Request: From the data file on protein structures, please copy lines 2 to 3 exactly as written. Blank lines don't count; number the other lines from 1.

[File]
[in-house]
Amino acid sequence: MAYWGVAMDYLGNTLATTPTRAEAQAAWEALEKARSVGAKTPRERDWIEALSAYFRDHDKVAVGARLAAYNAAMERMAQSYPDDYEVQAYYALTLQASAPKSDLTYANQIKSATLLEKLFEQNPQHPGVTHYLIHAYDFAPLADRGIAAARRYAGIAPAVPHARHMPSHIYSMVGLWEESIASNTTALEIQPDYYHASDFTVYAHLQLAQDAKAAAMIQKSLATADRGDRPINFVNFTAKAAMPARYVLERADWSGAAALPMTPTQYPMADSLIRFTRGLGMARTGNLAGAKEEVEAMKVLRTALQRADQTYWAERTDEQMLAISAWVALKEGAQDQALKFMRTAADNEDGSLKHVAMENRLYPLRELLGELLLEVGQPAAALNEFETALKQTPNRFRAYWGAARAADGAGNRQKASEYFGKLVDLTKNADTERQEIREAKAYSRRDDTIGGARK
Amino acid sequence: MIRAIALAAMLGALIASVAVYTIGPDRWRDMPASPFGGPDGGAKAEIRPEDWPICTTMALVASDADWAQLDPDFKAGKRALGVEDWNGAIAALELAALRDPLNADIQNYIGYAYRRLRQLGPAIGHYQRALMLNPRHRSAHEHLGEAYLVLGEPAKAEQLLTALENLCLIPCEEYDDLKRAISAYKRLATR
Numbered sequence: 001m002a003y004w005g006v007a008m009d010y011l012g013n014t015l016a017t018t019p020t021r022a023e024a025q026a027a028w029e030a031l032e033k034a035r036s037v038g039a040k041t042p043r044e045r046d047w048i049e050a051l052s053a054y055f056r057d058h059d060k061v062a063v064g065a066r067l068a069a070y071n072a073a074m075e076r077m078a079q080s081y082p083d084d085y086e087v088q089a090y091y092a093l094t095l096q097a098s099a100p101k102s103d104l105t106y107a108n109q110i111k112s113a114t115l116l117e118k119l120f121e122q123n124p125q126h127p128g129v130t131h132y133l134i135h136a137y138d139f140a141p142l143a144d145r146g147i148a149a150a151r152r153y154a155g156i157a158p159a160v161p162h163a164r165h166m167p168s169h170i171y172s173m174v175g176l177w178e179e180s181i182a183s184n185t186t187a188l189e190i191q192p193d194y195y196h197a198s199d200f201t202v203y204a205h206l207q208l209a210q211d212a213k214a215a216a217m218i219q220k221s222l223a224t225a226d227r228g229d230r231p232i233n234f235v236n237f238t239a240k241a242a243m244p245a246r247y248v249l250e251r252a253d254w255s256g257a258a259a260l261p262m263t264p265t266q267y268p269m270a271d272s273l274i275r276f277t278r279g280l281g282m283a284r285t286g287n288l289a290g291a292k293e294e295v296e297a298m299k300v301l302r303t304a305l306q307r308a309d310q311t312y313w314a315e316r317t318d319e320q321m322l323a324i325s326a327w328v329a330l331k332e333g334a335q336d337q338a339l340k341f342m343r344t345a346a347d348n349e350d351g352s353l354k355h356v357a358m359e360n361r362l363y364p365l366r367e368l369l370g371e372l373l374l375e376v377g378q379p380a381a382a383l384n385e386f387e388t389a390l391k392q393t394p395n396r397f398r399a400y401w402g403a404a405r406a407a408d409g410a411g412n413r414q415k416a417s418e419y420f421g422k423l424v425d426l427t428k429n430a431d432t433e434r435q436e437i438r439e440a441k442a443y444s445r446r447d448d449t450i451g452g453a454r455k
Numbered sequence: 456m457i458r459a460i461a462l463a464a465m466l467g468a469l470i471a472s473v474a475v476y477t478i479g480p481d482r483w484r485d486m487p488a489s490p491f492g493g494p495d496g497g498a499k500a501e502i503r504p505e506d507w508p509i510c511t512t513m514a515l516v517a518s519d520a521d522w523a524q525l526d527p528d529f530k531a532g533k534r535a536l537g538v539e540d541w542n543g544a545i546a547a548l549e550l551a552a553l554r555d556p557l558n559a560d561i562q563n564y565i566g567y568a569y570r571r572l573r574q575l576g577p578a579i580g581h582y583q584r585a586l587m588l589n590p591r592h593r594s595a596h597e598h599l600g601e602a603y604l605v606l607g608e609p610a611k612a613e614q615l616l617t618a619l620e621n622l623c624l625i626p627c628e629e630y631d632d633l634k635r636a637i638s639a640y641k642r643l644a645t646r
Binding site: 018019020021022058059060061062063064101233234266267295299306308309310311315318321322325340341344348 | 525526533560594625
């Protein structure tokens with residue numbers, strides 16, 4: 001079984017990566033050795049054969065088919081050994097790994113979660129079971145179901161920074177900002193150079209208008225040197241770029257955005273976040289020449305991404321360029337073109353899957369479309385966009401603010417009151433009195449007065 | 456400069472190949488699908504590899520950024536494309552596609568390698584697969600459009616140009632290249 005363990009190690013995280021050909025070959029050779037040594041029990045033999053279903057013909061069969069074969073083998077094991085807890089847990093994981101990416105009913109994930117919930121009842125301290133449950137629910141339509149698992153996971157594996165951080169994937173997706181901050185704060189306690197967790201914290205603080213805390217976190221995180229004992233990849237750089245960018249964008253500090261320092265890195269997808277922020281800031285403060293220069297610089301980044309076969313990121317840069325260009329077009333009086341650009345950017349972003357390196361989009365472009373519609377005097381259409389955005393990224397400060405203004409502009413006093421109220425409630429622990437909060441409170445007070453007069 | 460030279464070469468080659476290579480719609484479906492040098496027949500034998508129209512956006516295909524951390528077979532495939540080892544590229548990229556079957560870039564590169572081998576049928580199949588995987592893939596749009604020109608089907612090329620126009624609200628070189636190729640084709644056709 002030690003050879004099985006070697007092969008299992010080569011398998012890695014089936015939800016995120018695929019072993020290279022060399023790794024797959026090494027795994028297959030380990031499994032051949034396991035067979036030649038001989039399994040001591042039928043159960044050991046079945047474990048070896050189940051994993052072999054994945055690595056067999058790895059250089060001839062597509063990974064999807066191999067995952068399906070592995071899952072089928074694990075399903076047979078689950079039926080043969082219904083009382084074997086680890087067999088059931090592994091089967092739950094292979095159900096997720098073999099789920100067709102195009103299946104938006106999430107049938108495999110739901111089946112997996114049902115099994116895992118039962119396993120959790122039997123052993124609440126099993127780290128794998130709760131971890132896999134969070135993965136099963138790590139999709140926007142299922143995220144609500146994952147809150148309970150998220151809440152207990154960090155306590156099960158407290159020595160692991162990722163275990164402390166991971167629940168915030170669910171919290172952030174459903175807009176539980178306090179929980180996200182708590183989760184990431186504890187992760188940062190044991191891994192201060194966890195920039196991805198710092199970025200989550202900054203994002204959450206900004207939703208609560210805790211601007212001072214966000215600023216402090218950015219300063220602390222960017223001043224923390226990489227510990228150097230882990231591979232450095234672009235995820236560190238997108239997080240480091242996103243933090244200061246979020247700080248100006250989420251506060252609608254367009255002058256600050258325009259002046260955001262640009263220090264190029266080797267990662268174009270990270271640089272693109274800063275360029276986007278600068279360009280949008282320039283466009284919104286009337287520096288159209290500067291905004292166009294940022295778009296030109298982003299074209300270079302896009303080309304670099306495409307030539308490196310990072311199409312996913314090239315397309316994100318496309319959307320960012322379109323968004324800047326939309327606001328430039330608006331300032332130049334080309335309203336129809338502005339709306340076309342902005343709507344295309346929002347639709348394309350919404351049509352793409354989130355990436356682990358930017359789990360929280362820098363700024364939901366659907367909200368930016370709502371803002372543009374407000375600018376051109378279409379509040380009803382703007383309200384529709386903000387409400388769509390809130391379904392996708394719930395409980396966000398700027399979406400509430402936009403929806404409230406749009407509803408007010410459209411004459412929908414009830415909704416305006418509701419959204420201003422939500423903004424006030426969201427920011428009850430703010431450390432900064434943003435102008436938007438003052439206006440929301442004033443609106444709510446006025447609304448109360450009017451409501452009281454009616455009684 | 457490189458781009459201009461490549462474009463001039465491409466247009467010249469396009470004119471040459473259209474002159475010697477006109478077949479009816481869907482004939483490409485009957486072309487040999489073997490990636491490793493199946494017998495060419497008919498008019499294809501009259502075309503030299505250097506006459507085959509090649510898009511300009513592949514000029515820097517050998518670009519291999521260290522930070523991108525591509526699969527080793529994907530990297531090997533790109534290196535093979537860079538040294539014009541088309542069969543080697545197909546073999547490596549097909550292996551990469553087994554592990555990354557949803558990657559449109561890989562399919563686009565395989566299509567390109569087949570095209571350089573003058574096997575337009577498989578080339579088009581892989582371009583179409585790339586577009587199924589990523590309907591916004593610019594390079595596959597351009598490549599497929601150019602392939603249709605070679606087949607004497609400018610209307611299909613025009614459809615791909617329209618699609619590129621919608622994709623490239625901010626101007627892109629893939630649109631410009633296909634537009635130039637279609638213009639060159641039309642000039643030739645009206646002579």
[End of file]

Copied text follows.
Amino acid sequence: MAYWGVAMDYLGNTLATTPTRAEAQAAWEALEKARSVGAKTPRERDWIEALSAYFRDHDKVAVGARLAAYNAAMERMAQSYPDDYEVQAYYALTLQASAPKSDLTYANQIKSATLLEKLFEQNPQHPGVTHYLIHAYDFAPLADRGIAAARRYAGIAPAVPHARHMPSHIYSMVGLWEESIASNTTALEIQPDYYHASDFTVYAHLQLAQDAKAAAMIQKSLATADRGDRPINFVNFTAKAAMPARYVLERADWSGAAALPMTPTQYPMADSLIRFTRGLGMARTGNLAGAKEEVEAMKVLRTALQRADQTYWAERTDEQMLAISAWVALKEGAQDQALKFMRTAADNEDGSLKHVAMENRLYPLRELLGELLLEVGQPAAALNEFETALKQTPNRFRAYWGAARAADGAGNRQKASEYFGKLVDLTKNADTERQEIREAKAYSRRDDTIGGARK
Amino acid sequence: MIRAIALAAMLGALIASVAVYTIGPDRWRDMPASPFGGPDGGAKAEIRPEDWPICTTMALVASDADWAQLDPDFKAGKRALGVEDWNGAIAALELAALRDPLNADIQNYIGYAYRRLRQLGPAIGHYQRALMLNPRHRSAHEHLGEAYLVLGEPAKAEQLLTALENLCLIPCEEYDDLKRAISAYKRLATR